CT scan statistics
Brown reopens CT scan unit
The waiting list for CT scans has not increased since one of the island’s two scanners was shut down, the Bermuda Hospitals Board has said.
Ewart Brown, a doctor and former premier, said this week he was to reopen the CT unit at his Brown-Darrell Clinic in Smith’s after a nine-month closure because of “public demand for quicker access to exams and reports”.
But the BHB earlier told The Royal Gazette there had been no change in waiting times for patients in need of a diagnostic CT scan since Dr Brown’s unit closed in January.
Figures provided by the board showed only a small increase in the number of CT scans carried out at the King Edward VII Memorial Hospital in the six-month period after the closure of the Brown-Darrell unit, compared with the same period in 2017.
There were 6,808 CT scans carried out between February and July 2018, compared with 6,775 between February and July last year.
A BHB spokeswoman said: “Although numbers have gone up slightly, there has been no change in wait times for this time period. Currently, it is just under two weeks for elective, that is planned, CT scans.
“Emergency referrals are not subject to a wait time and are undertaken as needed.”
Dr Brown said his decision to reopen the unit was also based on the Government’s plan to increase fees for scans after they were slashed by the former One Bermuda Alliance administration last year.
He claimed there was a backlog of about two weeks for patients to get CT scans at the hospital while his equipment was shut down.
Dr Brown said: “That’s not unusual for hospital based CT scans. They never know how much traffic they’re going to have from the emergency room or from inpatients.
“Those are always higher priority than outpatients. It shows that the island needs another CT.”
Dr Brown added he had received calls and e-mails about the delays on “a daily basis”.
He said: “My information is that the wait at the hospital is two weeks.
“When we open, with both places working efficiently, Bermudians can have their scans done within days, not weeks.”
Tawanna Wedderburn, chief executive of the Bermuda Health Council, told The Royal Gazette last week: “There is no guideline on how many CT scanners per population a country should have, although the World Health Organisation and the Organisation for Economic Co-operation and Development track data for each country.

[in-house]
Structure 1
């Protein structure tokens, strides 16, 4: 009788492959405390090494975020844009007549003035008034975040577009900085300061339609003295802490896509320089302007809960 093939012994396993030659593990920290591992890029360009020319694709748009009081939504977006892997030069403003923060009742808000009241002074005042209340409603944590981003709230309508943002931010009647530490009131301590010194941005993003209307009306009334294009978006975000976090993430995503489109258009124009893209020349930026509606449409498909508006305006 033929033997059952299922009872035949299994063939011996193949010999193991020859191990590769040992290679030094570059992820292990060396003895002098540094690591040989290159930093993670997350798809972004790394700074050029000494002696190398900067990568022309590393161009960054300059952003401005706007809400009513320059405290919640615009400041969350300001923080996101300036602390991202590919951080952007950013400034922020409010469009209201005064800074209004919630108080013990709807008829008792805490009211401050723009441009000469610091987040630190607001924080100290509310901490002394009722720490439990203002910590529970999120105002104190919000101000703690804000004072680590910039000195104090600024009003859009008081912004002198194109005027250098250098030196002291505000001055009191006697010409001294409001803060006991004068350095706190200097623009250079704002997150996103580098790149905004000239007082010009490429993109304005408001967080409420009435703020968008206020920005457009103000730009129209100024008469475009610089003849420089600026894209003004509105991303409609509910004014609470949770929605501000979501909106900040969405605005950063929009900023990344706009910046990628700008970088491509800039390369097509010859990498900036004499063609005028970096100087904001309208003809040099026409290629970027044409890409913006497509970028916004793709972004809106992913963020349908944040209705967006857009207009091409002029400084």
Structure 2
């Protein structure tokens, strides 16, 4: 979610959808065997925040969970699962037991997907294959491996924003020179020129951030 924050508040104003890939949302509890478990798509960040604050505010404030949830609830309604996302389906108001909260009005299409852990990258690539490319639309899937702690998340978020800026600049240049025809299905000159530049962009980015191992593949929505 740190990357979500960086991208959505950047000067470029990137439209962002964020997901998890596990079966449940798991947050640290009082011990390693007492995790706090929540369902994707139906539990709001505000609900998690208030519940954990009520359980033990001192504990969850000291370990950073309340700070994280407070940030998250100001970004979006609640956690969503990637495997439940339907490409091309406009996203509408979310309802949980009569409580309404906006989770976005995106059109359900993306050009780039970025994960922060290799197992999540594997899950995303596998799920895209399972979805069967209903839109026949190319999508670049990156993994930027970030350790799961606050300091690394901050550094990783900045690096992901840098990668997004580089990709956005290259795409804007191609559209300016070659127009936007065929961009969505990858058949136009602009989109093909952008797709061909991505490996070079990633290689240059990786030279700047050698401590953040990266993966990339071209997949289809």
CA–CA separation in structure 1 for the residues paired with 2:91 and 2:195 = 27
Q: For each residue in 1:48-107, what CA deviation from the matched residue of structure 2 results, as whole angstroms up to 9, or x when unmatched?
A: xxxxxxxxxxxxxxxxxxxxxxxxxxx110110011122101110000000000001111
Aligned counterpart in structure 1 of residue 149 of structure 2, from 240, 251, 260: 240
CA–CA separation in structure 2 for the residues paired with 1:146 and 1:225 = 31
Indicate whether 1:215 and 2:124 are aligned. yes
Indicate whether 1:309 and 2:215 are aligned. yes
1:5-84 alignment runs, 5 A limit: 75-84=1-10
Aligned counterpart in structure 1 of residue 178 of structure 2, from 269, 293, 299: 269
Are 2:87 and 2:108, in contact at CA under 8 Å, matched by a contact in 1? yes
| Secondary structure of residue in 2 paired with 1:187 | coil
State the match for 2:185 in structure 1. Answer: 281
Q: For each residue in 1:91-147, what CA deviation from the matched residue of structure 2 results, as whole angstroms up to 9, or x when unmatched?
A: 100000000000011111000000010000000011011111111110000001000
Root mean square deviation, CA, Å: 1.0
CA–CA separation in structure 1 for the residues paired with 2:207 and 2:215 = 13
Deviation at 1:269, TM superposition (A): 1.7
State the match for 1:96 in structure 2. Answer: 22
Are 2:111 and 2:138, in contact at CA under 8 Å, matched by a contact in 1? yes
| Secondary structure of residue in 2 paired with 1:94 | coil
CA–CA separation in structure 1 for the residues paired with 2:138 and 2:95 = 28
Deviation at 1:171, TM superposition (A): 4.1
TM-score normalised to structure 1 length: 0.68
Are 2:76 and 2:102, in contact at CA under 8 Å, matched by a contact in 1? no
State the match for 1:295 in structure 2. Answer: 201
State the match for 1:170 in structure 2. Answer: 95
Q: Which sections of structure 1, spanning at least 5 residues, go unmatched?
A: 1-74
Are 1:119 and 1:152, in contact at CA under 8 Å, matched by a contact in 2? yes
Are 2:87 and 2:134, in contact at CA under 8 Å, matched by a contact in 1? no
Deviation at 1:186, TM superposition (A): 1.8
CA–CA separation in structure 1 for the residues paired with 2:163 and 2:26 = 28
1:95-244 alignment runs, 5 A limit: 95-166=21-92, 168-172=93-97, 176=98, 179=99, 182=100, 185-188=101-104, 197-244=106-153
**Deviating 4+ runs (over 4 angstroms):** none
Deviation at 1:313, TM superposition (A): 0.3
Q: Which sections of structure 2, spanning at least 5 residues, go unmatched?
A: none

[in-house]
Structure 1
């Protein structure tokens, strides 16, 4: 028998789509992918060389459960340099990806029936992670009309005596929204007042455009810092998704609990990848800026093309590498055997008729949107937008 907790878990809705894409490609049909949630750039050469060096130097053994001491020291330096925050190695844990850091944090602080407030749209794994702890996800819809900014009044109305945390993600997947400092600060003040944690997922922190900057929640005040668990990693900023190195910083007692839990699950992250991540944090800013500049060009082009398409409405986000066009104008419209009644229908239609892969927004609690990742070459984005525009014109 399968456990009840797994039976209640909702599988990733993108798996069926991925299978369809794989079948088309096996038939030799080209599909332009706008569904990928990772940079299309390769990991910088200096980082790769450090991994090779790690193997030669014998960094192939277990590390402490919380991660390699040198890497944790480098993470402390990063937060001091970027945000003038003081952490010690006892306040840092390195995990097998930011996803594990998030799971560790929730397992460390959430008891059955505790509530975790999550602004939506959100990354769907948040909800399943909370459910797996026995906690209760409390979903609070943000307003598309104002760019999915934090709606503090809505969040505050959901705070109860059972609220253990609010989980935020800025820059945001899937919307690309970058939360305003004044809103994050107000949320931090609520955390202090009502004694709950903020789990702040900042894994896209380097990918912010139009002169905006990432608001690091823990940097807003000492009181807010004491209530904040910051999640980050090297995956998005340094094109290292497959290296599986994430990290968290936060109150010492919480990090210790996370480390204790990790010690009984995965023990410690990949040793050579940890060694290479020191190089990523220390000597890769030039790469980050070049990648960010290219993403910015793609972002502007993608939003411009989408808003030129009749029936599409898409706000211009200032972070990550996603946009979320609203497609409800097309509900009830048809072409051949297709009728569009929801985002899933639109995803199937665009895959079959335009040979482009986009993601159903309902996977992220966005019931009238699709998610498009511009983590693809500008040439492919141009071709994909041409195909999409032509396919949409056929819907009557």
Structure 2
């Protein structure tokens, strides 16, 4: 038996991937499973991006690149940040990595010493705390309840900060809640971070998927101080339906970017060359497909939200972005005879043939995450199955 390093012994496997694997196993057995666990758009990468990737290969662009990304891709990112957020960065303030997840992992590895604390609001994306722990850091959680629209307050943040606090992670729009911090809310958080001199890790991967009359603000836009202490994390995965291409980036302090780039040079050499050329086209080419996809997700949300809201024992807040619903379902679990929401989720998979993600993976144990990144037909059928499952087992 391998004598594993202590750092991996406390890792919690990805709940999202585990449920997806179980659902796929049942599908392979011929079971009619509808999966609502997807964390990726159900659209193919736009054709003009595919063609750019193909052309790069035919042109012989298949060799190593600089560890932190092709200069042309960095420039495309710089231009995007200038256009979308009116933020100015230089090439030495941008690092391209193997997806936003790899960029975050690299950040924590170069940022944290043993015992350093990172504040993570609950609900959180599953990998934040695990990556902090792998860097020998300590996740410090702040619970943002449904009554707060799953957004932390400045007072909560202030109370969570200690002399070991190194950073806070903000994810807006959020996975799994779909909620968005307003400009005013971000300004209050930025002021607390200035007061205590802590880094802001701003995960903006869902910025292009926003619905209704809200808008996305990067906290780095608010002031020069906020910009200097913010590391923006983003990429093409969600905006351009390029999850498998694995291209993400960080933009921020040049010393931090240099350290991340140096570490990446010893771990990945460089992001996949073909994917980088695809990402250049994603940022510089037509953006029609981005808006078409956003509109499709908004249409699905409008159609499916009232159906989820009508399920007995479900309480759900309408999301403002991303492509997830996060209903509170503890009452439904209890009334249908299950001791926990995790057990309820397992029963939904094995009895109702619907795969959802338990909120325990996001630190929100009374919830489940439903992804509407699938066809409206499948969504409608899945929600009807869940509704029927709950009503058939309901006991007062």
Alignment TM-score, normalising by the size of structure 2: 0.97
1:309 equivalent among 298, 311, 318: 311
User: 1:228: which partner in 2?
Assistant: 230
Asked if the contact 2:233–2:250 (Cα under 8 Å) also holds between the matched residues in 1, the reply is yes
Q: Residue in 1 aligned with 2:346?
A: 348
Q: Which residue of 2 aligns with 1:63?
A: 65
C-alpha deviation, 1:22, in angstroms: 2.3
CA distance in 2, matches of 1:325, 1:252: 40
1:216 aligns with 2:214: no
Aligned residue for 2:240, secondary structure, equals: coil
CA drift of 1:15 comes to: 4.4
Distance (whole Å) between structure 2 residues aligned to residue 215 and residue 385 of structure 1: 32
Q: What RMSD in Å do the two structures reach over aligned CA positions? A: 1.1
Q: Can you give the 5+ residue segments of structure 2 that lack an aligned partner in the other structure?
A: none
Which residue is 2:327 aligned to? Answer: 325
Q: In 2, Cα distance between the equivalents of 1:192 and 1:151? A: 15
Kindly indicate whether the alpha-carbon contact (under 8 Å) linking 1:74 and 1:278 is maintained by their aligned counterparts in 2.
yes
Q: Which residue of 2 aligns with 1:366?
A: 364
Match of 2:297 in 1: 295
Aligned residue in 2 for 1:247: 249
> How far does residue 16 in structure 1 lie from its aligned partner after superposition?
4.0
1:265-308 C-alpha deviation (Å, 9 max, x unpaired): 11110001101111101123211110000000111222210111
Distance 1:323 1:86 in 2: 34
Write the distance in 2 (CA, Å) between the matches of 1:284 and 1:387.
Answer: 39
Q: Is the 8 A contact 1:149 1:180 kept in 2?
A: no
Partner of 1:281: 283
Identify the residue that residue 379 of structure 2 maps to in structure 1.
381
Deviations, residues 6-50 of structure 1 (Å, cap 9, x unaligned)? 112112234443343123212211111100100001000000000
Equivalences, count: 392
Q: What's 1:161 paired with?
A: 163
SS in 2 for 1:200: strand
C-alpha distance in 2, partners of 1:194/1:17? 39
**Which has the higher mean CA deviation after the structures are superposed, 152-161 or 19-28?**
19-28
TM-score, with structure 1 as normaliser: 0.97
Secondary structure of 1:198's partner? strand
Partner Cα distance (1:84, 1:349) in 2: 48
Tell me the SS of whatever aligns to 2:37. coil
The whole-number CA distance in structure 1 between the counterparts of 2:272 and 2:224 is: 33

“If there are not enough CT scanners in Bermuda, there will be wait times, people may get sicker, and people will not have choice in where to receive care.
“If there are too many CT scanners, people may be exposed to too much unnecessary testing and healthcare costs will increase.”
She added: “Bermuda has three scanners — two at BHB and one at the Brown-Darrell clinic. There are two scanners in use today and that is the two at the hospital.
“The availability of CT scanners is higher in Bermuda than other countries, when two scanners are available for use.
“Current capacity in the health system can meet the demand of an ageing population, enabling people to receive care without compromising quality.”
Dr Brown closed the unit at Brown-Darrell at the end of January.
The closure followed a government grant of $120,000 to the Brown-Darrell Clinic and another of $480,000 to Dr Brown’s other clinic, Bermuda Healthcare Services in Paget, which has an MRI machine.
The new increased scan fees will come into force on November 1 and Dr Brown announced on Monday that CT scanning would resume at Brown-Darrell two days later.
He said that up until June 2017, Brown-Darrell was a “busy” clinic.
But he said the fee reductions meant the practice took a huge financial hit, with procedures charged at far lower rates — more than 80 per cent less in some cases.
Bermuda Health Council has insisted the fees were cut as part of a bid to drive down healthcare costs.
Dr Brown claimed the impact of diagnostic imaging on healthcare costs was “blown vastly out of proportion”.
He repeated allegations that the health council recommended the cuts as part of a “political vendetta” against him. The health council has denied the claim.
JJ Soares, a GP who joined Dr Brown last October to threaten legal action against the Government over the fee cuts, is scheduled to open a clinic in Hamilton to offer MRI and CT scans.
Ms Wedderburn said the two MRI machines already in use at KEMH and Bermuda Healthcare Services were enough to “meet demand without compromising quality”.
UPDATE: this article has been amended to confirm that there are three CT scanners on island, and not two.
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